Tyson’s Cosmos gets its sea legs

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Astrophysicist Neil DeGrasse Tyson stands under Darwin’s Tree of Life in the second episode of Cosmos.

Last week, after watching the premiere of Neil DeGrasse Tyson’s Cosmos, I tried to write a review. Carl Sagan’s original series is a beautiful work. Problematic at times and dated, but with an indelible, gently convincing beauty. The new Cosmos, it appeared, was also problematic, and it seemed very much a product of our own era, with content time reduced and the flow of the material interrupted by commercial breaks, and a frantic need to throw up whiz-bang imagery creating a kind of busy emptiness. But I was really worried about the gracelessness of the script and the lack of poetry. Be that as it may,  I thought, the new Cosmos is important, the biggest science outreach effort of its day, and I don’t want to tear it down hastily, especially on the basis of just one episode. A reboot is a hard thing to do. There was promise in that episode. I decided to wait until seeing this week’s episode, “Some of the Things That Molecules Do” to see if Tyson, MacFarlane and Druyan wold deliver.  

Deliver they did. The second episode of Cosmos was a tour de force, a scientific broadside against the purveyors of lingering superstition and psuedo-science, who have made such scary in-roads in the United States since the original series aired in the 1980s. On Sunday night, Tyson calmly laid out the story of the evolution of life on earth, with a depth admirable for the show’s compressed running time. He was in full teacher mode, conscious of how every sentence built his narrative. I wonder if some viewers found it slow. But evolution is really slow, and science can’t easily twist itself to fit modern attention spans, which is one of the primary challenges facing science communicators today. I hope instead that viewers got lost in the beauty and intricacy of the story Tyson was telling.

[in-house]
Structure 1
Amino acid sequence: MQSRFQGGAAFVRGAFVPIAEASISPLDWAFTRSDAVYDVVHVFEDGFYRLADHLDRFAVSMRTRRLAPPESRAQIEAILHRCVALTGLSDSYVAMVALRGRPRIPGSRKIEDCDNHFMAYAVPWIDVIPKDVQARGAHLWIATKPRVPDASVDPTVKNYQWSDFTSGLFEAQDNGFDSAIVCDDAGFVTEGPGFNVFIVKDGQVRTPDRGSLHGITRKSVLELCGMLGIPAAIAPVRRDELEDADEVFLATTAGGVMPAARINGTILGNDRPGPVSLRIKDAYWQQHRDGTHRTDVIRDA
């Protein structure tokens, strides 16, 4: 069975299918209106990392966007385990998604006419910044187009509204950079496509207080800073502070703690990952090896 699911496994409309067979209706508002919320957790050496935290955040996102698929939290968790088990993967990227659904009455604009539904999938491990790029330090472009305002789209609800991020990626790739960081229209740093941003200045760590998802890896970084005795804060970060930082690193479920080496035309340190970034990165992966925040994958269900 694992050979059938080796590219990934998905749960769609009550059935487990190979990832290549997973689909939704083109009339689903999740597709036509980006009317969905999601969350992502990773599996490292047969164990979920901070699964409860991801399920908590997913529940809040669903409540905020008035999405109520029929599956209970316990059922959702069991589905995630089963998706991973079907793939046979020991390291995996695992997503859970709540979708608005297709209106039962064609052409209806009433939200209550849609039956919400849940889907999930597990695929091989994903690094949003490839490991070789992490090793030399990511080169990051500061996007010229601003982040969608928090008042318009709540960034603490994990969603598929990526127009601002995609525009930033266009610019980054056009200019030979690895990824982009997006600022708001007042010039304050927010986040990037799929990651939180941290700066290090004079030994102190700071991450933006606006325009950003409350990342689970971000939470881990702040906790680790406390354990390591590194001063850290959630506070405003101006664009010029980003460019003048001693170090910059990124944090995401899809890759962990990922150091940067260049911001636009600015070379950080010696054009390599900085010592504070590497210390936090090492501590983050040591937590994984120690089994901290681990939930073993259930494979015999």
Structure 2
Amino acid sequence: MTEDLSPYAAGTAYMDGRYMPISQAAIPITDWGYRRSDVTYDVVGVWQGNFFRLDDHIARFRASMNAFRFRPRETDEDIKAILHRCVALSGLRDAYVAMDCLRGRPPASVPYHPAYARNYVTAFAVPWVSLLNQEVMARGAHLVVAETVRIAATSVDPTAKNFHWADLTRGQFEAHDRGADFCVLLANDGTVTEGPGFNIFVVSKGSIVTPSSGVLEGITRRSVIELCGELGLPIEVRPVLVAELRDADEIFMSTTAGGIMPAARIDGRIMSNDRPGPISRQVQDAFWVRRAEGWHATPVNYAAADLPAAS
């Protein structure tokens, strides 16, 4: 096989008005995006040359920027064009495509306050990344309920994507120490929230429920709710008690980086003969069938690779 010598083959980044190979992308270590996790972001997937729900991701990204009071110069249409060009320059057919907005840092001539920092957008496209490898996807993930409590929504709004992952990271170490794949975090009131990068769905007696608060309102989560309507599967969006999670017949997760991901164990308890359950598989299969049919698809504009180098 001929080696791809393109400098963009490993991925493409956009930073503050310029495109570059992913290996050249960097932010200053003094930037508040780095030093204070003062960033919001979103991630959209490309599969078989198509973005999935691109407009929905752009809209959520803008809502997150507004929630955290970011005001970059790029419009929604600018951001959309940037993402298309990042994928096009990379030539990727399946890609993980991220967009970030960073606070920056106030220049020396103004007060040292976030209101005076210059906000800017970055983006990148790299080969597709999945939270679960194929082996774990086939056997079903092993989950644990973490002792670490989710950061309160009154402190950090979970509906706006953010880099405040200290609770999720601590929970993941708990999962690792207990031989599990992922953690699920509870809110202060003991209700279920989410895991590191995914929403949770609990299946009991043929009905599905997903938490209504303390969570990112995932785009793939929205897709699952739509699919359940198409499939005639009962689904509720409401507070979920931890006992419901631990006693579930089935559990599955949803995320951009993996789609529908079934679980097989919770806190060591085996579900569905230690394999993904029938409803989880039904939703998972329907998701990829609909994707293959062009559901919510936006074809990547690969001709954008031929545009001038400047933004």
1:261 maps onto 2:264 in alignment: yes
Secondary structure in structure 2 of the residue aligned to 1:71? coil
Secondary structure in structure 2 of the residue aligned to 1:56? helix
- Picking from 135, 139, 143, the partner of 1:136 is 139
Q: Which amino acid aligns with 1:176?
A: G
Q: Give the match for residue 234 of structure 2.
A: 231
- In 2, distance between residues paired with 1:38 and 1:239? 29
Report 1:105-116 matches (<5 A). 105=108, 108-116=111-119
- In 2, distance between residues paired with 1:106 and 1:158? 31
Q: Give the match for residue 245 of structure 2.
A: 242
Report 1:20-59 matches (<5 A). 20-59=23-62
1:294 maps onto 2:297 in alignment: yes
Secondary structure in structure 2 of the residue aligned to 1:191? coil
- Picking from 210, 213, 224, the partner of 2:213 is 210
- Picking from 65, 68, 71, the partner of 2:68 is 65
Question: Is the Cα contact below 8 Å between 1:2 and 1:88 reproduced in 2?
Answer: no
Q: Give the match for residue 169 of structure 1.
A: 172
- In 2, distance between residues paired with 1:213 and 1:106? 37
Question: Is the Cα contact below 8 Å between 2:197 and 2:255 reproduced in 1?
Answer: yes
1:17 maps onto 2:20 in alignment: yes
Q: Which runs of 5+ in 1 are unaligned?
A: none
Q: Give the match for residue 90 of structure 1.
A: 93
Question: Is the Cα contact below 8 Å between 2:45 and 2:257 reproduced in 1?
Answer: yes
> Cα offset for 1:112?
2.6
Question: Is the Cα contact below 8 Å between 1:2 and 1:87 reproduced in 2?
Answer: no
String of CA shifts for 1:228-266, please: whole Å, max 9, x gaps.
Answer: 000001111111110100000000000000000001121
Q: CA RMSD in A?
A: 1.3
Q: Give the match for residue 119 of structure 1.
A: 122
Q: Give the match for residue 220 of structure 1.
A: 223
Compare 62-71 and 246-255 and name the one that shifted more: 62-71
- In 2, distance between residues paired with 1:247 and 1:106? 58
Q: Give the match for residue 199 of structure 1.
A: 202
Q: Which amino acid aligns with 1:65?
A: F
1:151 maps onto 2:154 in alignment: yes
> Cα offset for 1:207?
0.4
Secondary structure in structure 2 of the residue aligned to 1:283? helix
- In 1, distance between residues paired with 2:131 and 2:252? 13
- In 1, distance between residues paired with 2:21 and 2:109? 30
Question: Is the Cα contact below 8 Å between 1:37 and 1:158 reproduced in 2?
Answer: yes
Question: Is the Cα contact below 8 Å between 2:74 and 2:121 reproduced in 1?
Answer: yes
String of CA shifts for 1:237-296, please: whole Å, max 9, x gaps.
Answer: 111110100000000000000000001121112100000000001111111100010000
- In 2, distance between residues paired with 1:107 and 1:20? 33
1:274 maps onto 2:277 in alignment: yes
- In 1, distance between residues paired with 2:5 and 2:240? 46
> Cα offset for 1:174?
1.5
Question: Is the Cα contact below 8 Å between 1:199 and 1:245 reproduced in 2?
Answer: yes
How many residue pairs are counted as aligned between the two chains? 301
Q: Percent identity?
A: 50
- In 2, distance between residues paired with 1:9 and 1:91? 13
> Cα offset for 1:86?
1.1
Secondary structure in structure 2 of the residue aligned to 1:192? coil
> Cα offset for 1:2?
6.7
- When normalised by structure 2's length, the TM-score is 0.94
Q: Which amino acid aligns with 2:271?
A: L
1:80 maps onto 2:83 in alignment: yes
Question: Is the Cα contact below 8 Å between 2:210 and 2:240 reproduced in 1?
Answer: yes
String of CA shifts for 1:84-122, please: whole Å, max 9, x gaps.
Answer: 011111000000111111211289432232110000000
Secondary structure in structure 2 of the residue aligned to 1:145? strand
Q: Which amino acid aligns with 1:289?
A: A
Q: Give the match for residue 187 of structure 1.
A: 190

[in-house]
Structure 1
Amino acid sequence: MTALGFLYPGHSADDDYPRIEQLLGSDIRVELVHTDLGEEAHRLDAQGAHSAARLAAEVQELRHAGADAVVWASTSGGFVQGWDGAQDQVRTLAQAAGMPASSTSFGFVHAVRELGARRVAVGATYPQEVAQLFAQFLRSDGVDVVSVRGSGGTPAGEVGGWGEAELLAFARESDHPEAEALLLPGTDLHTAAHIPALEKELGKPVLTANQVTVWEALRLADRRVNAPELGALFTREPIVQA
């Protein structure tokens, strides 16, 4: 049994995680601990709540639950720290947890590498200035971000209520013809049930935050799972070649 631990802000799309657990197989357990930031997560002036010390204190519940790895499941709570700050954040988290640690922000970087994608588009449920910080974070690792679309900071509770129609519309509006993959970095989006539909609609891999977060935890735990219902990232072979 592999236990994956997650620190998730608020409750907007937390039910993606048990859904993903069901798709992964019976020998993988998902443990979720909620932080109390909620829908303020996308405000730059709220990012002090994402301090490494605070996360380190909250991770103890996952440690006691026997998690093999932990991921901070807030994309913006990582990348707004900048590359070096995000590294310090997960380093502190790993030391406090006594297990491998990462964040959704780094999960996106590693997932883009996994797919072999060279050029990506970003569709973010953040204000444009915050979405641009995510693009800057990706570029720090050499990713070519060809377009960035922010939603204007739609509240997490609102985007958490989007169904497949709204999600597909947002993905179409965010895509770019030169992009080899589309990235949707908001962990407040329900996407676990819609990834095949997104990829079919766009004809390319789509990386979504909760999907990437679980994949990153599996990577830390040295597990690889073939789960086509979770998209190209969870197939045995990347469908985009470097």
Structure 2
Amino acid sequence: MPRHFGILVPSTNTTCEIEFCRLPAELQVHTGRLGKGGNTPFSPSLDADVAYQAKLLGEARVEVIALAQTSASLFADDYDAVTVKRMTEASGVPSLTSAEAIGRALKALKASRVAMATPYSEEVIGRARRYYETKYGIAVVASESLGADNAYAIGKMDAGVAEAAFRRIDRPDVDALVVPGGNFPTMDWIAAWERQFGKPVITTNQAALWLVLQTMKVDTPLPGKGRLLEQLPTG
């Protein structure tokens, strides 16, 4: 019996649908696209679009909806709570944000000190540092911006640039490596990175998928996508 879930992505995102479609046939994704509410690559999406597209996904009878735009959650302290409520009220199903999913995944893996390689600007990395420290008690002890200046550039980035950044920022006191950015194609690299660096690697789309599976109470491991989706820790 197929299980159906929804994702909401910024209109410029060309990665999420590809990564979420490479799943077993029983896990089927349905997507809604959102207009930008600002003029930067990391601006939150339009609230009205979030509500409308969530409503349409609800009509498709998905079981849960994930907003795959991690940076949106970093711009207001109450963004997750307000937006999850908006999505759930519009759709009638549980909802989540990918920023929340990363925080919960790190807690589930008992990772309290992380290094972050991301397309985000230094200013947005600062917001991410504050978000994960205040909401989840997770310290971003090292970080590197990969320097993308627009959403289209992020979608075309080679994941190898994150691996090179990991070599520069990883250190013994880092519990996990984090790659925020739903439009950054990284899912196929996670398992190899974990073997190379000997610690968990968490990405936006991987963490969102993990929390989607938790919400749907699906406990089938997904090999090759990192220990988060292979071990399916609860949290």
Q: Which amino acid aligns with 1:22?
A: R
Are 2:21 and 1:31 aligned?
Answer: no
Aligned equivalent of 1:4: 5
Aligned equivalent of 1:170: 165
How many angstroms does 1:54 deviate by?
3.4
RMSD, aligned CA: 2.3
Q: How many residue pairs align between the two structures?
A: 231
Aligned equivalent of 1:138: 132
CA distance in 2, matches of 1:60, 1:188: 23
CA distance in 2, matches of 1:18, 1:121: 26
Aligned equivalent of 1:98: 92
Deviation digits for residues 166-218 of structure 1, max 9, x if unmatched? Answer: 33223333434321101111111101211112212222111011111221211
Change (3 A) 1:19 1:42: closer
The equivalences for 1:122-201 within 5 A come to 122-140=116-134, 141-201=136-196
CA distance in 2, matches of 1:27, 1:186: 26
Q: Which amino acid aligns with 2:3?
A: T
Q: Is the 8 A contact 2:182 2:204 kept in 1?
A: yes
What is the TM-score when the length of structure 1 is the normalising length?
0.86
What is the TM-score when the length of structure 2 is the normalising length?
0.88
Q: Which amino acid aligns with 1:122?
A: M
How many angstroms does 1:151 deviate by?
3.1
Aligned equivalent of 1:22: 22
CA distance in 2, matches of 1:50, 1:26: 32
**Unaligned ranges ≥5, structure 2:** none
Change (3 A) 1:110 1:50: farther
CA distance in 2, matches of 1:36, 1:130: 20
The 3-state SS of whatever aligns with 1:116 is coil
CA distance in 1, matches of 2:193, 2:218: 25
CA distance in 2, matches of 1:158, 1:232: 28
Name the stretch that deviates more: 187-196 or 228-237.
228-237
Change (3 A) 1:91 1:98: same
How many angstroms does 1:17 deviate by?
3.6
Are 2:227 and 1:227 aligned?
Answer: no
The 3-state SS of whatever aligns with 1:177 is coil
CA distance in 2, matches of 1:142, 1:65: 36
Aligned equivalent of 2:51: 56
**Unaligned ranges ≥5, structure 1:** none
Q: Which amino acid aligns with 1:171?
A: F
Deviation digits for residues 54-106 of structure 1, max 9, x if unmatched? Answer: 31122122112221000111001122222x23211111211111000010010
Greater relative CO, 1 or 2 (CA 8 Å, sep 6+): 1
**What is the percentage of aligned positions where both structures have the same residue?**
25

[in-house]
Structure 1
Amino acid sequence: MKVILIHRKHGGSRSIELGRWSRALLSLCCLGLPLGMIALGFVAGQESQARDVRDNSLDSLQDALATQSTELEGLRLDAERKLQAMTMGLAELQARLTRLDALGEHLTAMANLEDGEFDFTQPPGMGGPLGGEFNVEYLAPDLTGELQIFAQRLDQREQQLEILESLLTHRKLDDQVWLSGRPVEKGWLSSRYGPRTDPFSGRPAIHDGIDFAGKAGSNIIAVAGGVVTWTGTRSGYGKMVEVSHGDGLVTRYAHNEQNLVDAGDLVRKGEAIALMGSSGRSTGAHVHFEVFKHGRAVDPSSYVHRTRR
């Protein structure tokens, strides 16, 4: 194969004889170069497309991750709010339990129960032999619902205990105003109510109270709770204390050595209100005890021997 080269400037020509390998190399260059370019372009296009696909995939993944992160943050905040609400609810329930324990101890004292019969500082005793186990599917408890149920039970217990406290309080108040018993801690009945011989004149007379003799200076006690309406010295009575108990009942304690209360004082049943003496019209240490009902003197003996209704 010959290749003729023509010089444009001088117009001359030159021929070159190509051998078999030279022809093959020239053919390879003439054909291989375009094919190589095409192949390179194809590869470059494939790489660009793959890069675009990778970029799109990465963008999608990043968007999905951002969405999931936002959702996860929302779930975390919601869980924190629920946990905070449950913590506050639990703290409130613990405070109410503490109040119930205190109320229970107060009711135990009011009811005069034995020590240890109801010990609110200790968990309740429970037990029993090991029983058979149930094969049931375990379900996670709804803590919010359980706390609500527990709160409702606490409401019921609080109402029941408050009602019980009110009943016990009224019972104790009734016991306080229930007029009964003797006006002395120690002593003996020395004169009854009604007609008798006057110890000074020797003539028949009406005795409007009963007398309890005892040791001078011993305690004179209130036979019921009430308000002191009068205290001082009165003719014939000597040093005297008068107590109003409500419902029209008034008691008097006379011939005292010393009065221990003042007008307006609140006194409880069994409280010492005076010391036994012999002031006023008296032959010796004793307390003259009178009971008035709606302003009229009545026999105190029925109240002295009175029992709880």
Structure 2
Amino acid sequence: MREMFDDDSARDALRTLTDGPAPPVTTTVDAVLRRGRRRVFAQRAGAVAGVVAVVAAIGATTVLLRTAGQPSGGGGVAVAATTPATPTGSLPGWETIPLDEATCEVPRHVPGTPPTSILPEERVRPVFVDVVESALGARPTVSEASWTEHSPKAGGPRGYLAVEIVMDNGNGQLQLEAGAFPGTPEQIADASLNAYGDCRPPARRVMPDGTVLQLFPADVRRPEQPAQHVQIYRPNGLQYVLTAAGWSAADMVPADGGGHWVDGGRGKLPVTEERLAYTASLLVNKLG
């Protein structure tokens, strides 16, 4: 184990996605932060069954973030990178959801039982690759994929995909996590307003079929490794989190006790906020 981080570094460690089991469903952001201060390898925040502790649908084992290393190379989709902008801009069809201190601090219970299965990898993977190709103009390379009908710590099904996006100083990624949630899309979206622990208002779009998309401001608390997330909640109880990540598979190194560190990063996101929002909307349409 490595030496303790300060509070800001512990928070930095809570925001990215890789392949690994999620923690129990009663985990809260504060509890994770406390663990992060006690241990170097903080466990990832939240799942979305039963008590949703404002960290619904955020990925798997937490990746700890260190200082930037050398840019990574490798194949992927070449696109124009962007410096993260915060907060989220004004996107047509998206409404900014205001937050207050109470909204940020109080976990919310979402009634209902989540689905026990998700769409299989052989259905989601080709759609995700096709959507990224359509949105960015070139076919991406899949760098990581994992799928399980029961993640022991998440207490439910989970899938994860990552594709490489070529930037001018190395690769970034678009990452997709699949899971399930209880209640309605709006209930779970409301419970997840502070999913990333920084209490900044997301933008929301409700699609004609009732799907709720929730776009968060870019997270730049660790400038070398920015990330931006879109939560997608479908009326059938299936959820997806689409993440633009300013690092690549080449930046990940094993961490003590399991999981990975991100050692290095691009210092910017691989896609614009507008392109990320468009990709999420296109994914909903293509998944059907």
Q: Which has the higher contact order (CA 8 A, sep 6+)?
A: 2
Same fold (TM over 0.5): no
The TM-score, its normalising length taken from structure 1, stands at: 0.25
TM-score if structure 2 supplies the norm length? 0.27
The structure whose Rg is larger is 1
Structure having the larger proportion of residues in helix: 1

This episode had all the sharp focus the first episode was missing. Tyson started like Darwin did in Origin of the Species, by discussing domestication. Which of course is a great educational approach; start with what people already know. And most people are aware of the (relatively) recent domestication of dogs and the subsequent (and staggering) diversification of dog breeds by selective breeding. My ten-year-old daughter Zora, who is obsessed with dogs, was glued to this part, and the new piece of knowledge for her was the clever visualization of how (and even why, physiologically) wolves may have taken their first step down the path of domestication.

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I particularly liked the animated section on polar bears, which laid out, in sharp black and white (okay, brown and white) how natural selection operates. The Halls of Extinction were a nicely-realized edifice of the imagination (I couldn’t help think about the Museum of Natural History, that Tyson works at) with the wing reserved for the anthropocene extinction we are currently driving pointed out but not yet identified by name. We’ll get to that, Tyson offers.

A day later, at the dinner table, Zora said “Cosmos is good!” While I started to weigh her judgement with the knowledge that anything with dogs in it will pass muster, she added, “I really liked how each idea led to the next one.” That was high compliment and a good sign that Tyson’s Cosmos might reach her generation like Sagan’s reached mine.

Honestly, everything in this episode came together so well that the one glaring misstep seemed all the louder in comparison; the odd detour to Titan to examine how life might evolve with a different biochemistry altogether, and then the quick trip back to primordial earth to pick up the evolution story. This odd sequencing made no obvious sense, and the replay of the lovely ‘evolving’ line animation from the original Cosmos seemed out of place. That animation may have worked well when Tyson was still under the Tree of Life. But here it seemed tacked on.

I think, after two episodes, I have decided that directly using Sagan’s voice from the original Cosmos is ultimately disruptive and jarring. Let Neil quote Sagan if he wants. While he doesn’t command the poetry of Sagan, he has a sharp mind and a great ability to communicate science in his own muscular way, and he showed himself a powerful voice for science in this episode.

Finally, I could not help but watch this episode in the context of the recent, badly-botched debate between Ken Ham and Bill “The Science Guy” Nye over evolution and young earth creationism (my thoughts on that here).This is the story Nye should have told and the way he should have told it: calmly, confidently, clearly and with compelling evidence. I suspect he was watching. I hope he had his Field Notes journal in front of him. Instead of punching holes in a fringe theory that seems to draw structural strength the more it resembles swiss cheese (rather like the strange case of the anti-vaccine people), instead tell the positive story of evolution as illuminated by science, and suggest, as Tyson did with last week’s Bruno story and alluded to this week with his quote on the spiritual experience of contemplating science, that evolution is a theory magnificent and graceful enough that it’s worthy of an infinite creator.

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